A look at total crop acreage
The Winter Wheat Seedings report showed that farmers planted nearly 1.2 million fewer acres to winter wheat last fall with almost all of the decline in soft red producing areas. This suggests that fewer wheat acres will be double-cropped with soybeans for 2014. Further total wheat acreage will probably fall below 2013 levels unless farmers plant a lot more spring wheat. However the wet spring in 2013 had a pretty significant impact on spring wheat acreage. Farmers reported that the weather kept them from planting about 2 million acres of wheat – with most of that decline in North Dakota. Accordingly, total wheat acreage in 2014 may come in close to the 2013 total of 56.2 million acres.
click image to zoom So to summarize – total principal crop acreage came in at 324.8 million acres, but farmers said that weather kept them from planting an additional 8.3 million acres of the 10 major crops so the total for all 21 crops would probably be closer to 9 million acres. The more “normal” level of acres not planted due to weather is around 1.5 million acres. So with “normal” prevented planted acres in 2014 the total acreage available would be about 334 million acres. Further, a total of 1.6 million acres of crop land exited the Conservation Reserve Program at the end of September and at least some of that land will probably come back into production in 2014. So we start with a pool of about 335 million acres for 2014 crops, 10 million more than was planted in 2013.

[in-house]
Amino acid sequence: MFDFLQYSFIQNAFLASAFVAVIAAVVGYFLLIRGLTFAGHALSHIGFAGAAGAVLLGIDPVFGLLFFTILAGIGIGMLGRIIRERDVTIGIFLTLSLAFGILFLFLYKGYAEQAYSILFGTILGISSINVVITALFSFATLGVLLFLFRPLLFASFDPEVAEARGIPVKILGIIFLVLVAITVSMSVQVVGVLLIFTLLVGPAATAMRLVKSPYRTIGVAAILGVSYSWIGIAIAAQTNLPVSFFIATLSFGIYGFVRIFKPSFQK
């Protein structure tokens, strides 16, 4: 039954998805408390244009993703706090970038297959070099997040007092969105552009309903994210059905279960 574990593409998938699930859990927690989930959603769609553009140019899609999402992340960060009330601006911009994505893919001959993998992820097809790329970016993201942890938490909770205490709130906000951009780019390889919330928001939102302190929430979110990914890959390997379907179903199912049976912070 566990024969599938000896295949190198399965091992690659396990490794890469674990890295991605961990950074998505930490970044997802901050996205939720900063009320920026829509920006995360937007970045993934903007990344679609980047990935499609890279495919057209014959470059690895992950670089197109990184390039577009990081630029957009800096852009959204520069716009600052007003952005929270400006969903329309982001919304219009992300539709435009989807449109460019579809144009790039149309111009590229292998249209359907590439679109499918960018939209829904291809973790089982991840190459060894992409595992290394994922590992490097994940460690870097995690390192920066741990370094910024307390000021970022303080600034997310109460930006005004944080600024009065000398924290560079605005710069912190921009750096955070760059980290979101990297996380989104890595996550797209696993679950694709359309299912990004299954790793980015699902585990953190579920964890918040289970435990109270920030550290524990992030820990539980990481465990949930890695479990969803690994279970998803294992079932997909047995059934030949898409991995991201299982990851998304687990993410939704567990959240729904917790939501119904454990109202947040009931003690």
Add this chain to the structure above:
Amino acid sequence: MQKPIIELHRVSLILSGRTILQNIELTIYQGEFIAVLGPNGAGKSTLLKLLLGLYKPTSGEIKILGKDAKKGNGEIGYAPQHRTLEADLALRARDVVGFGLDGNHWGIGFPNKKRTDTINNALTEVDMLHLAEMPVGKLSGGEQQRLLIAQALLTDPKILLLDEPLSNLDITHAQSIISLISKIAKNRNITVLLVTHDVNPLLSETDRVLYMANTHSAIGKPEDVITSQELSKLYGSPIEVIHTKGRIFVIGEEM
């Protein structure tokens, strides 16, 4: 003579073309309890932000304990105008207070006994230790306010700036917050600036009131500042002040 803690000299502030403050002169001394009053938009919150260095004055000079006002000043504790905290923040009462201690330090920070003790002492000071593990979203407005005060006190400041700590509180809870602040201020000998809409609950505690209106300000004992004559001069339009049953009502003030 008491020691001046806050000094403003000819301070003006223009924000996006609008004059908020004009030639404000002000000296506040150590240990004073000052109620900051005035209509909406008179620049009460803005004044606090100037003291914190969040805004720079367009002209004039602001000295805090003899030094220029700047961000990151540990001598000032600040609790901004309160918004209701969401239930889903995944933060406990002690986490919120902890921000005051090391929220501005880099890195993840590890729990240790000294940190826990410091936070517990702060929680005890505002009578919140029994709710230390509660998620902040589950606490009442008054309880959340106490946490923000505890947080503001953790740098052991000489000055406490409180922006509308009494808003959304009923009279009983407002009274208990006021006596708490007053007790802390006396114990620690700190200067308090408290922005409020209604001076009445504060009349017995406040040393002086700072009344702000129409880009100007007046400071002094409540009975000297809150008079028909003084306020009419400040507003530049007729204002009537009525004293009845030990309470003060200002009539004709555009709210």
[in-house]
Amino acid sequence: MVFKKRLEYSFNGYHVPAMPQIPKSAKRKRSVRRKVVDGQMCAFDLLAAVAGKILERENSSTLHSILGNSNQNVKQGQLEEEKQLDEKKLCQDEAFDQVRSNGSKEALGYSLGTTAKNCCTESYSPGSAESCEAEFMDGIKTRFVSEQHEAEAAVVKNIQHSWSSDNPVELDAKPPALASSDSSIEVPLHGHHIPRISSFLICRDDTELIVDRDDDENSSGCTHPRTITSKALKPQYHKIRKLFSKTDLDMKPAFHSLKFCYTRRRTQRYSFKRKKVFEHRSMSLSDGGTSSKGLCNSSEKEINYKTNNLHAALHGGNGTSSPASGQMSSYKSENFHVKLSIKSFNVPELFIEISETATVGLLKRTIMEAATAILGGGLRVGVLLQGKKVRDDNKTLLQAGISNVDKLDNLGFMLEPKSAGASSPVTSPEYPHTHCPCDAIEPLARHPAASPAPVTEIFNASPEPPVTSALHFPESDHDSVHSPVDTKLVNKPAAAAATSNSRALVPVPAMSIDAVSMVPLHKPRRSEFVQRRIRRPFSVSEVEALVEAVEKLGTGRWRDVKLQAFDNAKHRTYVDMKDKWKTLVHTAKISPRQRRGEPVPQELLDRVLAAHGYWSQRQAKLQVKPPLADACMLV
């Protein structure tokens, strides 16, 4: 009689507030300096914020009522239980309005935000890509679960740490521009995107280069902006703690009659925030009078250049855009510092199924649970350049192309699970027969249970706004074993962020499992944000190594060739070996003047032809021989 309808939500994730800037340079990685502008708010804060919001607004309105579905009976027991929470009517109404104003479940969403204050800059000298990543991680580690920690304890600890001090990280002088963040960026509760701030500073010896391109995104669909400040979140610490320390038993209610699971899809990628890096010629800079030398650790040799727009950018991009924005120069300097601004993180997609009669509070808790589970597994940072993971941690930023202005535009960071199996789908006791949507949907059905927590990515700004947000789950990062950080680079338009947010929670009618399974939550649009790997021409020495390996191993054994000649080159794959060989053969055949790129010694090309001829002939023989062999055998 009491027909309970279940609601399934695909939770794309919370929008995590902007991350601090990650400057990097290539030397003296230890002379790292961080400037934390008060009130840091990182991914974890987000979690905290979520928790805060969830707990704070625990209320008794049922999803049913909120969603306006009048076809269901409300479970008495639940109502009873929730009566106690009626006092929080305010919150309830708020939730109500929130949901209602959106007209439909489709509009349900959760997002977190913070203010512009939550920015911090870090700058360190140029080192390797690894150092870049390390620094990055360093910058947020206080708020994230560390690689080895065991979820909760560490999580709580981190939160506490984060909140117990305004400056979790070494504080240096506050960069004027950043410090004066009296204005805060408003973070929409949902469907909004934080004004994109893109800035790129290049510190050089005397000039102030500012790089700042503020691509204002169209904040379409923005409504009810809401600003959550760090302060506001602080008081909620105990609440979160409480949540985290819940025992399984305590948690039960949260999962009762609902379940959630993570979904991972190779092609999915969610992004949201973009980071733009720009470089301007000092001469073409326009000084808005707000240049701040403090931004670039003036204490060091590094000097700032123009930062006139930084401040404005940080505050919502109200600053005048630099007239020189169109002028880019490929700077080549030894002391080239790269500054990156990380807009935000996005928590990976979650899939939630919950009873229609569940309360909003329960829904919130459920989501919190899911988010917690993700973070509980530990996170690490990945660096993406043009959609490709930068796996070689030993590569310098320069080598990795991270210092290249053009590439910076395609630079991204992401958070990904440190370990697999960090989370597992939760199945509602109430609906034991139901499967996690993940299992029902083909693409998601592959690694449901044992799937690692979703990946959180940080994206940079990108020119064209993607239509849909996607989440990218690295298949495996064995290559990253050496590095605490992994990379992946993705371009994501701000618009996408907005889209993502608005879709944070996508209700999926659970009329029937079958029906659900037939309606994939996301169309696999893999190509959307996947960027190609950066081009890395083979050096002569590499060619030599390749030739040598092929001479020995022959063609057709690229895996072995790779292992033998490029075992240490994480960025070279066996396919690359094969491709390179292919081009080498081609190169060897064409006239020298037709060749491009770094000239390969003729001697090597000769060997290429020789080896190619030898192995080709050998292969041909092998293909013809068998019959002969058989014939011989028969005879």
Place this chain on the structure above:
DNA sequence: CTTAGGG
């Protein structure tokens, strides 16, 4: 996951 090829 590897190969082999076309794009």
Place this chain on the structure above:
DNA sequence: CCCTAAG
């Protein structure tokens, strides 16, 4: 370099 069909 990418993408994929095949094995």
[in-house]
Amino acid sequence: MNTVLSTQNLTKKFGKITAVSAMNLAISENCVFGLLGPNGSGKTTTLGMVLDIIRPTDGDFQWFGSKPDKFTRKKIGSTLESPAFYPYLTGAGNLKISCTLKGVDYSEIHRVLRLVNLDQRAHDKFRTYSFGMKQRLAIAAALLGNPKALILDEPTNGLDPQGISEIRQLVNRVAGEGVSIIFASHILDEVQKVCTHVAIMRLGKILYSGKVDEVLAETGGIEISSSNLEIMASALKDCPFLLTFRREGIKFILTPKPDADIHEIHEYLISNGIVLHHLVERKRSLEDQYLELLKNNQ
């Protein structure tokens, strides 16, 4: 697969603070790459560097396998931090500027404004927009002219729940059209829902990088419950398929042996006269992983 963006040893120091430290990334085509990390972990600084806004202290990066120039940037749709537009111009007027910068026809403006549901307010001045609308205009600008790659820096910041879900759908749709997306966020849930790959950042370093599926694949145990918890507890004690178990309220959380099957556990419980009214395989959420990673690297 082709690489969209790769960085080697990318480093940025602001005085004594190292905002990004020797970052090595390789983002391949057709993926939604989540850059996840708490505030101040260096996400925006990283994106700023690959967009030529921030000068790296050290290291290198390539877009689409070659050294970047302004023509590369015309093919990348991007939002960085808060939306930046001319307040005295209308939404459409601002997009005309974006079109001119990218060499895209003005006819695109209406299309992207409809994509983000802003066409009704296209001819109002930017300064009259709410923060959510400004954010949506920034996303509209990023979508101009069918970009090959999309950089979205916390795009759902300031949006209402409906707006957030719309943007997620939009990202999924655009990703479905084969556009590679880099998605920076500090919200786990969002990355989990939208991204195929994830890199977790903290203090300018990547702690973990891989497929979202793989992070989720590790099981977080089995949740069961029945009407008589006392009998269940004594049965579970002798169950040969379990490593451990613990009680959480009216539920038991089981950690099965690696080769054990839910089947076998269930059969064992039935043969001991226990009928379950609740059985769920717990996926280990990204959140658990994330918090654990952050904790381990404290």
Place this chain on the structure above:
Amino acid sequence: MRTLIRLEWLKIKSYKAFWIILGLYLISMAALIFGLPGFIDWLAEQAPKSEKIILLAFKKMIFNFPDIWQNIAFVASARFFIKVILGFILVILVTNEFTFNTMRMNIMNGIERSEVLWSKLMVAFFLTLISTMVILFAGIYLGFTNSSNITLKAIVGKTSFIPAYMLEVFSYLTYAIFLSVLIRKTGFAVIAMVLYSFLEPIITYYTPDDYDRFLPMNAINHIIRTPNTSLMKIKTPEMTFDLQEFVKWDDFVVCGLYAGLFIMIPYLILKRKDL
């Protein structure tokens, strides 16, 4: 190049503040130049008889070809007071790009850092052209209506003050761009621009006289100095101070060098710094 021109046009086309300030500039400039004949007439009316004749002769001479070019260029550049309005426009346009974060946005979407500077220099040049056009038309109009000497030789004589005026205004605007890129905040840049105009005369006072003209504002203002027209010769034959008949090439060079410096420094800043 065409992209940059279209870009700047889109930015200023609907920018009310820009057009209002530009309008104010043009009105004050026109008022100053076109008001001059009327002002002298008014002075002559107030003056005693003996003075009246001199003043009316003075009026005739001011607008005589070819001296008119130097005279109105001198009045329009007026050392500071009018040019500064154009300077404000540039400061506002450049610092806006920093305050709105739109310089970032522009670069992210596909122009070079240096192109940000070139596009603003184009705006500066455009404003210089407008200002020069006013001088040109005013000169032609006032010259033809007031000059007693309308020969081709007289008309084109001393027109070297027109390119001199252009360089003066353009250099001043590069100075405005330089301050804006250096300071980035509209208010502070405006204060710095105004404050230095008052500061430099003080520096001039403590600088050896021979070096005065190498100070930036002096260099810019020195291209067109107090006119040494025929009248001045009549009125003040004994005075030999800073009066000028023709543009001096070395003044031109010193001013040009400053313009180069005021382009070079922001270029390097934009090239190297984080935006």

With the reduction in soft red winter wheat acreage, we will probably see a decline in double-cropped soybean acres this year, and the decline could be near 2 million acres. In addition, the data suggests that some of the land planted to winter wheat for 2013 was either abandoned and planted to another crop – such as sorghum - or got counted as other hay acreage harvested. This could mean that an additional 2 million to 3 million acres got counted twice in 2013, boosting the total principal crop acreage. So maybe the “extra” acres available for 2014 is closer to 5 million acres than the 10 million suggested before.
The wet weather last spring also had a negative impact on the acreage of more minor crops, such as canola, sunflowers, dry beans and others. If we assume that the deviations of these crops from intentions to actual acreage were all weather related and that acreage will snap back in 2014, we can account for nearly another million acres. So the net increase in land available for 2014 could be down to 4 million acres. That sounds less dramatic that the 10 million acres we started with.
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